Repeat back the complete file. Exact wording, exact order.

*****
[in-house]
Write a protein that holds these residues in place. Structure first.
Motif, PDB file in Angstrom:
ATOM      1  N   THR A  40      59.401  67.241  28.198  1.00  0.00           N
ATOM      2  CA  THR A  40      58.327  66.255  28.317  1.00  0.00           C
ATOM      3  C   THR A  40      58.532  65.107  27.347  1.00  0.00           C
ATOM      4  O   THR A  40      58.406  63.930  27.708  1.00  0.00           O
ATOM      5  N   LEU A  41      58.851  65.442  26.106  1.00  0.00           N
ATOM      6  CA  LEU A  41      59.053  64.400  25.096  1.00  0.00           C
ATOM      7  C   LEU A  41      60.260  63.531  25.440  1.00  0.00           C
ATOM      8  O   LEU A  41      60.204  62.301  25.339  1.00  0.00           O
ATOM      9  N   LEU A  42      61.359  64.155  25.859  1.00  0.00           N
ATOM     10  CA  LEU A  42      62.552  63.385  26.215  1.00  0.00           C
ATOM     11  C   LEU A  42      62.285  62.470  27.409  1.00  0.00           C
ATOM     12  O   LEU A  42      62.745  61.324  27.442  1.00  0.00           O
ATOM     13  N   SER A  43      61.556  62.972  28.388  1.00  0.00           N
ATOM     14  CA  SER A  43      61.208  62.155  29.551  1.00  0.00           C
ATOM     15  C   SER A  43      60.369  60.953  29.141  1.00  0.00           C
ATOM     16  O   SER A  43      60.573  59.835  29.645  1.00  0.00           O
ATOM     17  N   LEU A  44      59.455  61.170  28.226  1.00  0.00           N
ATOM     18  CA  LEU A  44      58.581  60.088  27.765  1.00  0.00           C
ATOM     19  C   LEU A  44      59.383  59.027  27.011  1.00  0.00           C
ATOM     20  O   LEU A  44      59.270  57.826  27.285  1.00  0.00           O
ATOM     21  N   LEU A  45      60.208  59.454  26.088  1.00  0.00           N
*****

[in-house]
Write a protein that holds these residues in place. Structure first.
Motif, PDB file in Angstrom:
ATOM      1  N   THR A  40      59.401  67.241  28.198  1.00  0.00           N
ATOM      2  CA  THR A  40      58.327  66.255  28.317  1.00  0.00           C
ATOM      3  C   THR A  40      58.532  65.107  27.347  1.00  0.00           C
ATOM      4  O   THR A  40      58.406  63.930  27.708  1.00  0.00           O
ATOM      5  N   LEU A  41      58.851  65.442  26.106  1.00  0.00           N
ATOM      6  CA  LEU A  41      59.053  64.400  25.096  1.00  0.00           C
ATOM      7  C   LEU A  41      60.260  63.531  25.440  1.00  0.00           C
ATOM      8  O   LEU A  41      60.204  62.301  25.339  1.00  0.00           O
ATOM      9  N   LEU A  42      61.359  64.155  25.859  1.00  0.00           N
ATOM     10  CA  LEU A  42      62.552  63.385  26.215  1.00  0.00           C
ATOM     11  C   LEU A  42      62.285  62.470  27.409  1.00  0.00           C
ATOM     12  O   LEU A  42      62.745  61.324  27.442  1.00  0.00           O
ATOM     13  N   SER A  43      61.556  62.972  28.388  1.00  0.00           N
ATOM     14  CA  SER A  43      61.208  62.155  29.551  1.00  0.00           C
ATOM     15  C   SER A  43      60.369  60.953  29.141  1.00  0.00           C
ATOM     16  O   SER A  43      60.573  59.835  29.645  1.00  0.00           O
ATOM     17  N   LEU A  44      59.455  61.170  28.226  1.00  0.00           N
ATOM     18  CA  LEU A  44      58.581  60.088  27.765  1.00  0.00           C
ATOM     19  C   LEU A  44      59.383  59.027  27.011  1.00  0.00           C
ATOM     20  O   LEU A  44      59.270  57.826  27.285  1.00  0.00           O
ATOM     21  N   LEU A  45      60.208  59.454  26.088  1.00  0.00           N